Jordan, Von Sneidern and Sales have also been in rehearsals. Jordan has concurrently been finishing some preliminary art work for the cover, and Dennis Loren has once again been called upon to provide the finishing touches. The album cover will not feature any photos of the band.

"I'm okay with it. (It's) not a sob story", said Alexander.

"It was originally my intention to end my career as a band member after promoting the new album and movie this year. (But) it's played out. I'm done with it. They need to put their best foot forward."

Other band members were unavailable for comment at press time.


With the time tested adage of "music hath charms to soothe the savage beast" in mind, Blitz Magazine Editor/Publisher Michael McDowell and long time Blitz contributor Jerry Schollenberger are currently on tour, doing their part to combat genre myopia by offering a wide range of music in a variety of formats at various record collectors conventions.

The hard core collector and seasoned musicologist alike will be pleased to find a diverse selection of music for sale at Blitz Magazine's table. From Johnny Mathis to Queensryche, from Faron Young to Sarah Vaughn, from Ronnie Dove to Billy Idol, from Natalie Merchant to Andreas Vollenweider, or from Joan Baez to Jimmy Smith, Blitz will have something for just about every musical preference in a wide variety of formats, including CDs, 45s, vinyl LPs and cassettes.

And for the dedicated survey collector, Blitz Magazine will have on hand a very limited supply of original surveys from the legendary WKNR Keener 13, the pioneering radio station whose beloved air veterans (the Keener Key Men Of Music) have been the subject of an ongoing profile series here on Blitz Magazine's web site. 
Blitz's next stop will be at the Record Show at the Knights Of Columbus Hall on Secor Road in Toledo, Ohio at 9:00AM on the morning of Sunday the twelfth of June 2017. Please stop by and say hello. Blitz Magazine will be more than happy to talk music. And do feel free to bring along your vintage copies of Blitz Magazine, which we will be glad to autograph. See you there!


Maybe you can go home again.

In a rare misstep in what is widely regarded as an otherwise impeccable legacy, the veteran country rocker, Harold Lloyd "Conway Twitty" Jenkins in 1987 released a single for MCA Records, That's My Job. Therein, Twitty answered the question posed roughly two decades earlier by fellow country rock legend Sonny James, What Makes A Man Wander? In That's My Job, Twitty sang of the prodigal son who left home to seek greener pastures elsewhere. But unlike the Biblical account in Luke 15:11-32, Twitty's prodigal went on to success and happiness in his new environment, only to forsake it all and return to his hometown. Many an individual has followed suit, only to watch their own lives crumble as they found out the hard way that the delusions of their childhood had either been destroyed or were irrevocably altered for the worse.

But for a number of people who consider Southern California home, there exists within Los Angeles County a place where dreams have come true for more than a half century, and continue to do so to the present day. Located in an area near downtown Los Angeles known as Chavez Ravine, Dodger Stadium since 1962 has been the home of the greatest franchise in all of Major League Baseball, the Los Angeles Dodgers.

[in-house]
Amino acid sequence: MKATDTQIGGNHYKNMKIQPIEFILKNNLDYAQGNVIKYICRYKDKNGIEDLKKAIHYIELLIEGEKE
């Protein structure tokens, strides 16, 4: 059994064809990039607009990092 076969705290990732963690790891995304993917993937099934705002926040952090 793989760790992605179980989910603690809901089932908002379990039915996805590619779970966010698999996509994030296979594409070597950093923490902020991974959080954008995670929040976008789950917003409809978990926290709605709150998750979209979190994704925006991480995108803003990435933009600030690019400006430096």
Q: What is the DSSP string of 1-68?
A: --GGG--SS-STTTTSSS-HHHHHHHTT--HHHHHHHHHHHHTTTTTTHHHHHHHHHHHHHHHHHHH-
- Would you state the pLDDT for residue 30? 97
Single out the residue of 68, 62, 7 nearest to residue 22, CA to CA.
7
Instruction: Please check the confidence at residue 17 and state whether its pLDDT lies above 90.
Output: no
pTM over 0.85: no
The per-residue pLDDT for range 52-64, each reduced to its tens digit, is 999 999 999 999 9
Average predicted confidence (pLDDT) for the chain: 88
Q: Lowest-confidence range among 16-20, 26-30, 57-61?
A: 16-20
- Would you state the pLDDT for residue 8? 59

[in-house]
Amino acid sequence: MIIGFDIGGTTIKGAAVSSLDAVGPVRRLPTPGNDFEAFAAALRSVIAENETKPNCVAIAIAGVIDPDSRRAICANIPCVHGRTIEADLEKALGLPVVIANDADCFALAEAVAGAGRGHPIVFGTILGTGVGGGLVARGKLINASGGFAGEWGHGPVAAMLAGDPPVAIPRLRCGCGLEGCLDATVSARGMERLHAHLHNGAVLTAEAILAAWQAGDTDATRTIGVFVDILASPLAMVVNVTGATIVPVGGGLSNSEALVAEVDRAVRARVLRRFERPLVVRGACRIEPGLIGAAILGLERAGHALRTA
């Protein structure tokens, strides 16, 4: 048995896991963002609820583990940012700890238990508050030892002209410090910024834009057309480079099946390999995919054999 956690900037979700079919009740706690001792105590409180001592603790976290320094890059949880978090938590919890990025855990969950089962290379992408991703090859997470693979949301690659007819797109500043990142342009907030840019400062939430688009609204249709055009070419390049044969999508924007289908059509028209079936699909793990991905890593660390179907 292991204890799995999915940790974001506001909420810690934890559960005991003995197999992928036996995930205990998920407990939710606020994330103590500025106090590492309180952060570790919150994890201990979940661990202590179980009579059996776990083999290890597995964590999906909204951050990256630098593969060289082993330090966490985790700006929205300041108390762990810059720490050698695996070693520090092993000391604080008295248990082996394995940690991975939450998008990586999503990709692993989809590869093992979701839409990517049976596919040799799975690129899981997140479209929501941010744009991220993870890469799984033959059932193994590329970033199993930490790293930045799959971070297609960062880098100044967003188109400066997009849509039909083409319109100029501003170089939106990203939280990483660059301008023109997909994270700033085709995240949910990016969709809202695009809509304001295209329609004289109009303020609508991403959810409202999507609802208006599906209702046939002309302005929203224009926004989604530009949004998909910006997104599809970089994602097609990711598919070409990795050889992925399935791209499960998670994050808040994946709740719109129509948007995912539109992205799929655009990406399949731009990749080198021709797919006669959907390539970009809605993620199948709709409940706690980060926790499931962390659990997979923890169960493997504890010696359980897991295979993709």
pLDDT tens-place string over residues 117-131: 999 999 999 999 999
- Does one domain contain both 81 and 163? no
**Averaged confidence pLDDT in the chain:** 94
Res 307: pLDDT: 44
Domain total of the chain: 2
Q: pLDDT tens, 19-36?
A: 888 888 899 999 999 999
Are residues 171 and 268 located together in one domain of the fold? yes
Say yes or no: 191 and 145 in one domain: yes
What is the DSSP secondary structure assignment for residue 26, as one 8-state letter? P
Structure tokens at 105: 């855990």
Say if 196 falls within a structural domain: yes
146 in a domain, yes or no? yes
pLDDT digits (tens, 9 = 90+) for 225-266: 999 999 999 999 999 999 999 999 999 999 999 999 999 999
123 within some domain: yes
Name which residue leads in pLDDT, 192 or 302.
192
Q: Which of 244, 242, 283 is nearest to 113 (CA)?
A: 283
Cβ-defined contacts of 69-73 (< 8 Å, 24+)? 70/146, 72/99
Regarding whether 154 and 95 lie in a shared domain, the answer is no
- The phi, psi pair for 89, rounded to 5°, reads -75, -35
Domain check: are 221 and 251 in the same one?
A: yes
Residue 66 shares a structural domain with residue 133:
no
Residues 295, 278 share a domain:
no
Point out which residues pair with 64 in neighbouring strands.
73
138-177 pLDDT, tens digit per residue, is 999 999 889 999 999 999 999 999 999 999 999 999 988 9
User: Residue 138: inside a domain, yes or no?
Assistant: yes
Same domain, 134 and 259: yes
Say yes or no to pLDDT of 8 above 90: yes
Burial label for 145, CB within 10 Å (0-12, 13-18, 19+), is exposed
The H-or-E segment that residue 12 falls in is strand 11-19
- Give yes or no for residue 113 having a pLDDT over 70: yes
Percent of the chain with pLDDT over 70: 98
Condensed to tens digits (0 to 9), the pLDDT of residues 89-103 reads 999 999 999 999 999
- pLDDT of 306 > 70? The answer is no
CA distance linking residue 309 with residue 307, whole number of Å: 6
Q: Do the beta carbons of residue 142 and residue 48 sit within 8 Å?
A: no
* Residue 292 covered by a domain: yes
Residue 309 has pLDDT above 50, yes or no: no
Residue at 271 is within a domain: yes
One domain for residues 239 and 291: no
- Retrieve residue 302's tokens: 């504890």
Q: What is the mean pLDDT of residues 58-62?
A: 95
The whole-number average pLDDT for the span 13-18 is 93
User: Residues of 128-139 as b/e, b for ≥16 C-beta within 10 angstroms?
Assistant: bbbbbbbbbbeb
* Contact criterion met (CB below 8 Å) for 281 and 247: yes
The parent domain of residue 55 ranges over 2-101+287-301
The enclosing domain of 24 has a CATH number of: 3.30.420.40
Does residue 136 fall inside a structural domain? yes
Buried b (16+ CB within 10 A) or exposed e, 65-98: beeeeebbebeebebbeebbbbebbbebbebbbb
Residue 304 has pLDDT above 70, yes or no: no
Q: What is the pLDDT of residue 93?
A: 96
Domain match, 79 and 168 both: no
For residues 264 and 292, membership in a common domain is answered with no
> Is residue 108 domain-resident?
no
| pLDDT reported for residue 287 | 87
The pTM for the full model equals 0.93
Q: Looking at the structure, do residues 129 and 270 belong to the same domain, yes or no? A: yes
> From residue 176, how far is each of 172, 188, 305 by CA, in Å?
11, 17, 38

Despite the richly diverse ways of life and belief systems of those within the Southern California musical community (or perhaps because of it), many within its ranks are nonetheless united by the common purpose of what in the vernacular is known as bleeding Dodger blue.

More specifically, Blitz Magazine is both humbled and grateful to be a part of a small yet impassioned group within our community of musicians and musical journalists that rank among the most fervent of the Dodgers faithful. And when one within our ranks recently celebrated a birthday, it seemed appropriate to commemorate the occasion with a rare, behind the scenes look at the original field of dreams, Dodger Stadium.

So who is involved within this group? We are:

WILLIE ARON - Our birthday celebrant, and co-founder (along with Jeff Davis) of the much respected acoustic quartet, the Balancing Act. Also a prolific composer, Willie (who, along with his wife Giovanna are the proud parents of two amazing children) has within the past year likewise served as musical director for the legendary vocalist, Donna Loren. Willie is currently collaborating with Lone Justice co-founder Marvin Etzioni as Thee Holy Brothers, who recently completed work on their highly anticipated debut album.

DOMENIC PRIORE - Long a key player among Southern California's world class cadre of musical journalists, Domenic is the author of the fascinating 2007 book, Riot On Sunset Strip. He has also written two acclaimed volumes about the Beach Boys' landmark 1966-1967 Smile album, and worked with Ringo Starr and David Bowie in the essential AMC documentaries, Hollywood Rocks The Movies.

EVIE SANDS - One of the most beloved figures in all of music, Evie is a veteran of the vaunted rosters of the Blue Cat and Cameo labels. Among the many monster classics which she introduced to the world of music are I Can't Let Go (which was soon after copied by the Hollies), Take Me For A Little While (subsequently covered by Jackie Ross, Vanilla Fudge and Dave Edmunds) and Angel Of The Morning (which months later put Merrilee Rush on the map via her rendition on Bell Records). Evie also recorded what is arguably the definitive version of Any Way That You Want Me, which had also been cut by the Troggs and the American Breed. In 2014, Evie completed an album with fellow pioneer Billy Vera of new compositions by songwriting great Chip Taylor. She most recently has collaborated with Karma Frog Records president (and prolific musician in his own right), Adam Marsland. Evie's all new album is scheduled for release on Record Store Day, which in 2017 will fall on the twenty-second of April.